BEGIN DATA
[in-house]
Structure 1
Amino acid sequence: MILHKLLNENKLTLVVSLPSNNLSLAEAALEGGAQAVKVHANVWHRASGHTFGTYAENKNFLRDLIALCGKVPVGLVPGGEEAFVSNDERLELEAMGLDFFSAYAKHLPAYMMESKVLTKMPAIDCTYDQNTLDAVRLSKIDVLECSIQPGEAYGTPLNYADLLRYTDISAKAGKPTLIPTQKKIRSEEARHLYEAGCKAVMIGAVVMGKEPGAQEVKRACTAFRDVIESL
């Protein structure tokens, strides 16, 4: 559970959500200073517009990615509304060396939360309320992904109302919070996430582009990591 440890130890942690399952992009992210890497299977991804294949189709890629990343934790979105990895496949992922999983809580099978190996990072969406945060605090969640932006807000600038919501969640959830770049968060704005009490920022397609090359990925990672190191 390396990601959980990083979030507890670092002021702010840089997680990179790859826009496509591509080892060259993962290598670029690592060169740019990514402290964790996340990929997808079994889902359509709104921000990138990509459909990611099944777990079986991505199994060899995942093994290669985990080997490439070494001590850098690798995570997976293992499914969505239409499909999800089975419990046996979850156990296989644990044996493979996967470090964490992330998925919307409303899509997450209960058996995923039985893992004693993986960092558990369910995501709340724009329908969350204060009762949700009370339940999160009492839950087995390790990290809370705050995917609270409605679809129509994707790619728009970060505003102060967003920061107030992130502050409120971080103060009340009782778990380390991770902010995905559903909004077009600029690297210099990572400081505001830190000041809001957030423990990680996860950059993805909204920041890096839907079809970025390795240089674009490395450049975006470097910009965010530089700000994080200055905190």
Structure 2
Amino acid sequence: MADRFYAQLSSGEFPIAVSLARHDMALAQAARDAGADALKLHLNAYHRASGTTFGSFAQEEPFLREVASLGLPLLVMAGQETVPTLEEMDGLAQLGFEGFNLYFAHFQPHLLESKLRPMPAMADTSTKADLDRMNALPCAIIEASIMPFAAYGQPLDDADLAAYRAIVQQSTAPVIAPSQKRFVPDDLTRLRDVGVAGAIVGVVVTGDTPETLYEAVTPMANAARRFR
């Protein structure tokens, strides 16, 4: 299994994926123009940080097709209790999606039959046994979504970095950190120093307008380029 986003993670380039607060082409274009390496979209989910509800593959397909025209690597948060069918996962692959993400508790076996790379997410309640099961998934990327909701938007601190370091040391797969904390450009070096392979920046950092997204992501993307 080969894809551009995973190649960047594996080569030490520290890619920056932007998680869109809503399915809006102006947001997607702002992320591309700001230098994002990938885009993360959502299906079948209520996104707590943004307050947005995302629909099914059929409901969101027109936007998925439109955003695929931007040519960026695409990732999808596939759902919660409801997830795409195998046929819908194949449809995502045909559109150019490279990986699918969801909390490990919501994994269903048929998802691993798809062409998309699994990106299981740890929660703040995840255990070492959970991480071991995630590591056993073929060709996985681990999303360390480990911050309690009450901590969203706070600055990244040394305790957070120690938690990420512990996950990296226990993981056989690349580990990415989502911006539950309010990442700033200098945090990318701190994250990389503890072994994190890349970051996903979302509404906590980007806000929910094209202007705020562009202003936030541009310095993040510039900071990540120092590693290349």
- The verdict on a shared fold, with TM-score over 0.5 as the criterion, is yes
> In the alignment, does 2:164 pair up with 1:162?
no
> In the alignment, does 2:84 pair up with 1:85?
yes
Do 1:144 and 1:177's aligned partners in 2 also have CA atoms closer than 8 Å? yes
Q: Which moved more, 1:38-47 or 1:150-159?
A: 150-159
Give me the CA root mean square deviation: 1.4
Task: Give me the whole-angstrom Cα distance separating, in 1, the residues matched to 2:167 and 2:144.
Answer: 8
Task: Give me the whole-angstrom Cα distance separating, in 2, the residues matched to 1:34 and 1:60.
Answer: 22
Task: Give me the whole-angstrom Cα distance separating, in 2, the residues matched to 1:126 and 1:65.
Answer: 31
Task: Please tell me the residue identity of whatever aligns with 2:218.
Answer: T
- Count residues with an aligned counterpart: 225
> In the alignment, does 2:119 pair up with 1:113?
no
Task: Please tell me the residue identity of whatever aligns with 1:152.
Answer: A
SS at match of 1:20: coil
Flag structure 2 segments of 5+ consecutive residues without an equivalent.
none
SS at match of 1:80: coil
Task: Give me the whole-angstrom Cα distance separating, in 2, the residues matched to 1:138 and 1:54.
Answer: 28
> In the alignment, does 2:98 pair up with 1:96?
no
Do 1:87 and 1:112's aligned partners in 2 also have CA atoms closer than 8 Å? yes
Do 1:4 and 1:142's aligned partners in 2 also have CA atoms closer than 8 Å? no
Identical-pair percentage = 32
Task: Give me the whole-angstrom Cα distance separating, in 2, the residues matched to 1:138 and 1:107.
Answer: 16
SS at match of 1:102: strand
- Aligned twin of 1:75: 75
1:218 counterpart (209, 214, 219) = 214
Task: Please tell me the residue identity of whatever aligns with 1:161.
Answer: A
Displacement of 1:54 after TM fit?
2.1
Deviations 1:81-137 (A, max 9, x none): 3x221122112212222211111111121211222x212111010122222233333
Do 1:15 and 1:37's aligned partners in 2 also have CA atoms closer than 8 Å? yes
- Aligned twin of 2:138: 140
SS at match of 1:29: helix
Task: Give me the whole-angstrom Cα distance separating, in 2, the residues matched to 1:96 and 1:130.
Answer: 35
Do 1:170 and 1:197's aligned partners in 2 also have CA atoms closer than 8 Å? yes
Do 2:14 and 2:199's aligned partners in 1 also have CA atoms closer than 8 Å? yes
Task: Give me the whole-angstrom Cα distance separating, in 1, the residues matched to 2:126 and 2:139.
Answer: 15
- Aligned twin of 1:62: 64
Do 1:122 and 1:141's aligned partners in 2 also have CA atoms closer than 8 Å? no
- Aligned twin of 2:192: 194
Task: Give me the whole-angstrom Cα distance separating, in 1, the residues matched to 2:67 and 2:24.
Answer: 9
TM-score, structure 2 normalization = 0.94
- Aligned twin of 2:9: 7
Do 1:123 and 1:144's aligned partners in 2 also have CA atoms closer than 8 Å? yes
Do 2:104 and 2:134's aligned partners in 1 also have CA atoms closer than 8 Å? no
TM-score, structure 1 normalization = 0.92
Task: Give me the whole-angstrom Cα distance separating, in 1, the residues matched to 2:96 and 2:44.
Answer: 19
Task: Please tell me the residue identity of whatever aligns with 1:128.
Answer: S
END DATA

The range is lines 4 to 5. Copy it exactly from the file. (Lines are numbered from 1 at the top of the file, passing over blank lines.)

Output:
């Protein structure tokens, strides 16, 4: 559970959500200073517009990615509304060396939360309320992904109302919070996430582009990591 440890130890942690399952992009992210890497299977991804294949189709890629990343934790979105990895496949992922999983809580099978190996990072969406945060605090969640932006807000600038919501969640959830770049968060704005009490920022397609090359990925990672190191 390396990601959980990083979030507890670092002021702010840089997680990179790859826009496509591509080892060259993962290598670029690592060169740019990514402290964790996340990929997808079994889902359509709104921000990138990509459909990611099944777990079986991505199994060899995942093994290669985990080997490439070494001590850098690798995570997976293992499914969505239409499909999800089975419990046996979850156990296989644990044996493979996967470090964490992330998925919307409303899509997450209960058996995923039985893992004693993986960092558990369910995501709340724009329908969350204060009762949700009370339940999160009492839950087995390790990290809370705050995917609270409605679809129509994707790619728009970060505003102060967003920061107030992130502050409120971080103060009340009782778990380390991770902010995905559903909004077009600029690297210099990572400081505001830190000041809001957030423990990680996860950059993805909204920041890096839907079809970025390795240089674009490395450049975006470097910009965010530089700000994080200055905190």
Structure 2